REVIEW: The Good, the Bad, the Weird Lousy for Viewers, Worse For Horses
What we commonly call genre films -- westerns, romantic comedies, horror and action films -- may have been born in Hollywood, but the great proof of their durability is that no one can claim ownership of them: They belong to everyone, to interpret and revitalize as they wish. That explains how a Korean filmmaker would be inspired to make his own version of an Italian western, which itself was inspired by Hollywood movies that mined America's "Westward, ho!" mythology, a case of the American experience being reflected back at us through double mirrors. But Kim Jee-Woon's The Good, the Bad, The Weird is no The Good, the Bad, and the Ugly, and it doesn't so much build upon its namesake as climb over its back on its way to somewhere else. There's no modesty in Kim's movie, not even the false kind. It's faux-Leone baloney.
We expect and want filmmakers to be audacious, either to bring us things we've never seen before or to show us old things in a new way. And Kim's boldness is entertaining, at least for short bursts. But too often he appears to be having fun at the audience's expense: He may have taken great delight and a lot of care in setting up intricate action sequences or broadly comic vignettes, but that doesn't necessarily make them good. The Good, the Bad, the Weird is far too pleased with itself; it spends more time calling attention to its cleverness than it does actually being clever.
That's true from the picture's first big action sequence, which is lively enough by itself, although it does nothing to tip us off to the great slog ahead. (The Good, the Bad, the Weird goes on, sometimes interminably, for more than two hours.) In that first sequence, a scruffy, pudgy bandit with an affable face, Tae-goo (Song Kang-ho, a veteran of several pictures made by that other well-known Korean filmmaker Bong Joon-ho, including The Host and Memories of Murder), strides through a string of cars on a train speeding through the Manchurian desert, in search of a valuable something-or-other which may or may not be a treasure map. It turns out that Chang-yi (Lee Byung-hun), a sullen club-kid criminal type with multiple ear piercings, is also after the same something-or-other. He makes a dramatic entrance on horseback, running alongside that train with Douglas Fairbanks-style aplomb. There's a third figure who cares less about the coveted something-or-other than about the two ne'er-do-wells chasing after it: Do-won (Jung Woo-sung) is a noble, unsmiling bounty hunter. If the other two guys are, respectively, the weird and the bad, Do-won is the boring -- but you wouldn't draw much of an audience if you advertised that in a movie's title.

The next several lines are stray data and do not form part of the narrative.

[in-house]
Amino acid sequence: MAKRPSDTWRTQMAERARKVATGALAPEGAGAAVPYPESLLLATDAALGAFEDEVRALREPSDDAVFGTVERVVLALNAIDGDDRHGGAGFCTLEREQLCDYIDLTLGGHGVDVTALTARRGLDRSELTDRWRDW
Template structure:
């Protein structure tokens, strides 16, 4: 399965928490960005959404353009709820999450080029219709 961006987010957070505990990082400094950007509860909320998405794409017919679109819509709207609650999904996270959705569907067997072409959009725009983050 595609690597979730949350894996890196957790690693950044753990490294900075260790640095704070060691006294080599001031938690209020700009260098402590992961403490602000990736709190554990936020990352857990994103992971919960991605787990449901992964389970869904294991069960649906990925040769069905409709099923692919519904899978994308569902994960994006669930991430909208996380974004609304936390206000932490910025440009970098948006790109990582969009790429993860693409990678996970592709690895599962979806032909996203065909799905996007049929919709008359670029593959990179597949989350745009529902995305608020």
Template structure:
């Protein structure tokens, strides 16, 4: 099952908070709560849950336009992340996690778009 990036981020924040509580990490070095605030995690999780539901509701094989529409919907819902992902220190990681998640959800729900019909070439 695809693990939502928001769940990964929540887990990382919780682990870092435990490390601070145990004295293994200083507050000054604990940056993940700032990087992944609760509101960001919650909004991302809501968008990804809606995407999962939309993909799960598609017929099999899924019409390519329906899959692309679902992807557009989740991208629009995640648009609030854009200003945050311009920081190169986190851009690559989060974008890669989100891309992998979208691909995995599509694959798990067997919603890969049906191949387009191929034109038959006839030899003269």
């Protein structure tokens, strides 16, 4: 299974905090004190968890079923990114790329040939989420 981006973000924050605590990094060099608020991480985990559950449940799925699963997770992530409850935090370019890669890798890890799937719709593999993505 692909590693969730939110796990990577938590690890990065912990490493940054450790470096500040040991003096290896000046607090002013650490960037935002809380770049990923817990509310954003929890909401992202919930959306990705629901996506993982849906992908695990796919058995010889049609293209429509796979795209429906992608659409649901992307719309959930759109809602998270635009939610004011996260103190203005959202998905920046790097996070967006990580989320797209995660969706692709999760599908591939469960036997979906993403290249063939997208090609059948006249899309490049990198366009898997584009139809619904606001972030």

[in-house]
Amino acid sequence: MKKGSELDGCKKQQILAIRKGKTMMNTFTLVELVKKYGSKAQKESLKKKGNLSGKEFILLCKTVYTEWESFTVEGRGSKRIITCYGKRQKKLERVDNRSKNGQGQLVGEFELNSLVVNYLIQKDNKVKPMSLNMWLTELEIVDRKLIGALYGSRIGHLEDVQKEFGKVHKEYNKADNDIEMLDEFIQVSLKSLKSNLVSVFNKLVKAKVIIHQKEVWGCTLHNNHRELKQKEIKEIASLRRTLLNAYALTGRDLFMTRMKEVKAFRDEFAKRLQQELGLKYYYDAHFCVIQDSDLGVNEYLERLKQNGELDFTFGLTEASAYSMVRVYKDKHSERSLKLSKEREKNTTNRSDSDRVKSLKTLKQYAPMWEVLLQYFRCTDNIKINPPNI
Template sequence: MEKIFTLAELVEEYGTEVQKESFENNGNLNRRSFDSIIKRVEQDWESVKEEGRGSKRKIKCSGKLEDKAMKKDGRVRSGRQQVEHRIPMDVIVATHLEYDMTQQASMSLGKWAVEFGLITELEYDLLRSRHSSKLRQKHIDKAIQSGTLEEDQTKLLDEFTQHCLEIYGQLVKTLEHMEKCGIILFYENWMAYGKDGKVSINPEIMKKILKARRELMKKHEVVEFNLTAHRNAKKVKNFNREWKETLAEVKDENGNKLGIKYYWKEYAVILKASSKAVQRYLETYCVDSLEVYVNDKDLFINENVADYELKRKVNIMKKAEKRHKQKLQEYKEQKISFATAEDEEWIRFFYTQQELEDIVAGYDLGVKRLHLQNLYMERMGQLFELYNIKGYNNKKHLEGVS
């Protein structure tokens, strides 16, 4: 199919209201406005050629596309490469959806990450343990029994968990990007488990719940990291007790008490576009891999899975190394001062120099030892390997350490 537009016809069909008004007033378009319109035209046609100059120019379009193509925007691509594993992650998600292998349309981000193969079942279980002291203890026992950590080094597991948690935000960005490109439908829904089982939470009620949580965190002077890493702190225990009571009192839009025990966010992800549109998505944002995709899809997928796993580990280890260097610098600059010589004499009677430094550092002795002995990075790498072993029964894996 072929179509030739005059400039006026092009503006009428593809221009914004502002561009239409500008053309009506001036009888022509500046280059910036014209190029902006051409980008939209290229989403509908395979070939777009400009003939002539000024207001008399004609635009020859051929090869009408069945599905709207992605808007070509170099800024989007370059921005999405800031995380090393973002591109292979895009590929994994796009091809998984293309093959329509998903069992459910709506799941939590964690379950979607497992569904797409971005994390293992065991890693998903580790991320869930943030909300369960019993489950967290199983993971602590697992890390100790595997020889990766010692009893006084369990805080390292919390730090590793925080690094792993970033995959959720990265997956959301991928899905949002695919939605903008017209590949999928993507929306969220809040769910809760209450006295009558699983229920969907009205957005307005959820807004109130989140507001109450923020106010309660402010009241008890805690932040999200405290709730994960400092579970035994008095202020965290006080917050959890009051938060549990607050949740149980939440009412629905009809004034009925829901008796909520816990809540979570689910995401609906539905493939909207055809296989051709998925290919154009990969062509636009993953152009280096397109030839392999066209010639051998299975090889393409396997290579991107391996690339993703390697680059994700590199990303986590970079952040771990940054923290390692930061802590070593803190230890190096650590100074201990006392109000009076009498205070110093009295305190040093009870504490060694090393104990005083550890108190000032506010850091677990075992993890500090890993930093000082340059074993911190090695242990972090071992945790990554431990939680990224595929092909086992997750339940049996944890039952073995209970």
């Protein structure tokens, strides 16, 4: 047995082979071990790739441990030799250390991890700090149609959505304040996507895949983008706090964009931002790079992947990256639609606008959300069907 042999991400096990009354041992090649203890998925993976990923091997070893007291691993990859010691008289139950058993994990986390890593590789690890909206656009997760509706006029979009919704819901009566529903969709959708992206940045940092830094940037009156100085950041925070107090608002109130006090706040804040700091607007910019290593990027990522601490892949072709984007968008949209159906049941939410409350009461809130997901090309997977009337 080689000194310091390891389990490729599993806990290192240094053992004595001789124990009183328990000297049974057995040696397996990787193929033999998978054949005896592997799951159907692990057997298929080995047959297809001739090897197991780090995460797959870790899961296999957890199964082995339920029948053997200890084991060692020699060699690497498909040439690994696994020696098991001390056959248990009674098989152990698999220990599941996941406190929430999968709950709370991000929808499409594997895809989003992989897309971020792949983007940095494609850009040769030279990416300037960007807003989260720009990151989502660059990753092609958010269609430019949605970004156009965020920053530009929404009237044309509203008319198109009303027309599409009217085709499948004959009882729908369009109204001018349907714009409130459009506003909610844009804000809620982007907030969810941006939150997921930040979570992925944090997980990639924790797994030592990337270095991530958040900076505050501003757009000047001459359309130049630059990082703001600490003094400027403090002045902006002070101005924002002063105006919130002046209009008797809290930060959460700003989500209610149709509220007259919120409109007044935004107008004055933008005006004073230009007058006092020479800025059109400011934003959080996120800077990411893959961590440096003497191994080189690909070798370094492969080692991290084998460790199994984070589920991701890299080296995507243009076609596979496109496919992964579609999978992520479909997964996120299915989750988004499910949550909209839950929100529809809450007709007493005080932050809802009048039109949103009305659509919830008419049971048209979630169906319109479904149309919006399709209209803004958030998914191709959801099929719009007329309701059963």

Plenty of other folks come and go during the course of the picture, including the Japanese army and a bunch of ragtag robbers in furry headgear, all of them after the same mysterious treasure. The plot is convoluted and inconsequential, less spaghetti western than corkscrew noodle, but that isn't the problem here. It doesn't even matter that the story is sometimes heedlessly anachronistic. (It's supposedly set in 1930s Manchuria, though an early crowd scene includes some ladies wearing strictly contemporary frocks, and I also spotted a trucker hat or two.) It's simply that the long stretches of dullness between Kim's stylish curlicues make the picture as dry as the desert itself. Kim may borrow some of the visual flourishes of Sergio Leone, but he understands little about his role model's sense of pacing. Leone's pictures have an elegiac, graceful sense of movement; even his action sequences tend to speak more of seduction than outright aggression. Kim is too impatient for that approach. When his movie isn't manic, it's dreadfully snoozy. That's surprising, considering Kim has some experience building and sustaining moody suspense: His 2003 A Tale of Two Sisters is a dreamy, enigmatic horror fantasy, low on logic but certainly high on atmosphere.
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